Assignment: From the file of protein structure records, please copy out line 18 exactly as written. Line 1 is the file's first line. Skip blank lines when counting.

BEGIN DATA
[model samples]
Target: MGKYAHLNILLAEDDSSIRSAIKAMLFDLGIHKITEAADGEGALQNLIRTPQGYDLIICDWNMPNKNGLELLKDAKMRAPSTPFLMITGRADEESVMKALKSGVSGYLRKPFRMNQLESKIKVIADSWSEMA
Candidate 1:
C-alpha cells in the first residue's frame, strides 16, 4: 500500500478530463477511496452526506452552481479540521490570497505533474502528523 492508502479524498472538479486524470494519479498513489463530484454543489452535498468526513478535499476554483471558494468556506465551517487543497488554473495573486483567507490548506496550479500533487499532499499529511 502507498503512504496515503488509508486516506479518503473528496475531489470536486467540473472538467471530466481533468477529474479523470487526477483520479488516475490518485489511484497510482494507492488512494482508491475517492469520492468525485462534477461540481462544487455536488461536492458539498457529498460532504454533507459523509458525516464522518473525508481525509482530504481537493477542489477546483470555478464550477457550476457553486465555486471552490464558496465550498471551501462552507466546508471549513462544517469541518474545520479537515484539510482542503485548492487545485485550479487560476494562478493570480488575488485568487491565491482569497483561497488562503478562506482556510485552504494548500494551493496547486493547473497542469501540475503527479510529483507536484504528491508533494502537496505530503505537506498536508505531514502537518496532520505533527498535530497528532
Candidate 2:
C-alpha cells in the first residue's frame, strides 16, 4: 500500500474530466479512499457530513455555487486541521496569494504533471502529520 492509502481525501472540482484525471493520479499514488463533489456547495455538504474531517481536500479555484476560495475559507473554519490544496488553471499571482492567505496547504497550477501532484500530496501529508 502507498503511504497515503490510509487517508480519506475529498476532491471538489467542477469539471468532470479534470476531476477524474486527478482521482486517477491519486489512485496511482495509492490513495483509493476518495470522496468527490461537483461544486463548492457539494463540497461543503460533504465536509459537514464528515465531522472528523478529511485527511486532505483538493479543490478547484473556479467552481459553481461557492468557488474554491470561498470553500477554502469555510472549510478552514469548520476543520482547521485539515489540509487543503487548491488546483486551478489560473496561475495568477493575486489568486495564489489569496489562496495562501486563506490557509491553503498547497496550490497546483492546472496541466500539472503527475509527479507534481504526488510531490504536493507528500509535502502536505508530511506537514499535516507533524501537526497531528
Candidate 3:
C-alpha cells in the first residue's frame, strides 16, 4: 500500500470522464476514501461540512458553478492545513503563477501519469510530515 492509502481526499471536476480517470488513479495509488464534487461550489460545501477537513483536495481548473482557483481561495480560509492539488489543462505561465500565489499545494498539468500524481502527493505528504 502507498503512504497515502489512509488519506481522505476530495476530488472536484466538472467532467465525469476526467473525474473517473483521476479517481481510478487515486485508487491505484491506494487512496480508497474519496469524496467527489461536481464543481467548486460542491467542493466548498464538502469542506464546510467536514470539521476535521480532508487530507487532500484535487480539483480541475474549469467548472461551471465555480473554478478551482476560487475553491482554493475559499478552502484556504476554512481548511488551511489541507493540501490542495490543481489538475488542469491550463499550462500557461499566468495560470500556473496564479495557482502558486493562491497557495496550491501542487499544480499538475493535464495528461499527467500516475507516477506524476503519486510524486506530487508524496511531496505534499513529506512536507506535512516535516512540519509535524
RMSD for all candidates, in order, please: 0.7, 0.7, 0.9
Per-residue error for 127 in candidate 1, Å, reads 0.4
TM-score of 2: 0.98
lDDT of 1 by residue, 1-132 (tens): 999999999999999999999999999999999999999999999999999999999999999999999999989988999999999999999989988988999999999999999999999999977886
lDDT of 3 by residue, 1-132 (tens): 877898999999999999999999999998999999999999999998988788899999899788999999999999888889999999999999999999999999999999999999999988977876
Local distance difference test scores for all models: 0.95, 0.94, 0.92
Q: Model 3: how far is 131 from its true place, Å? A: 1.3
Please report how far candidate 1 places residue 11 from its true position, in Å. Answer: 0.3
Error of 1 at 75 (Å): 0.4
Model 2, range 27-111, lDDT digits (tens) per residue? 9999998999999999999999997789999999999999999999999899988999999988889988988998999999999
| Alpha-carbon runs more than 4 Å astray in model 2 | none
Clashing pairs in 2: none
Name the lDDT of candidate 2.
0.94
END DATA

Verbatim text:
Model 2, range 27-111, lDDT digits (tens) per residue? 9999998999999999999999997789999999999999999999999899988999999988889988988998999999999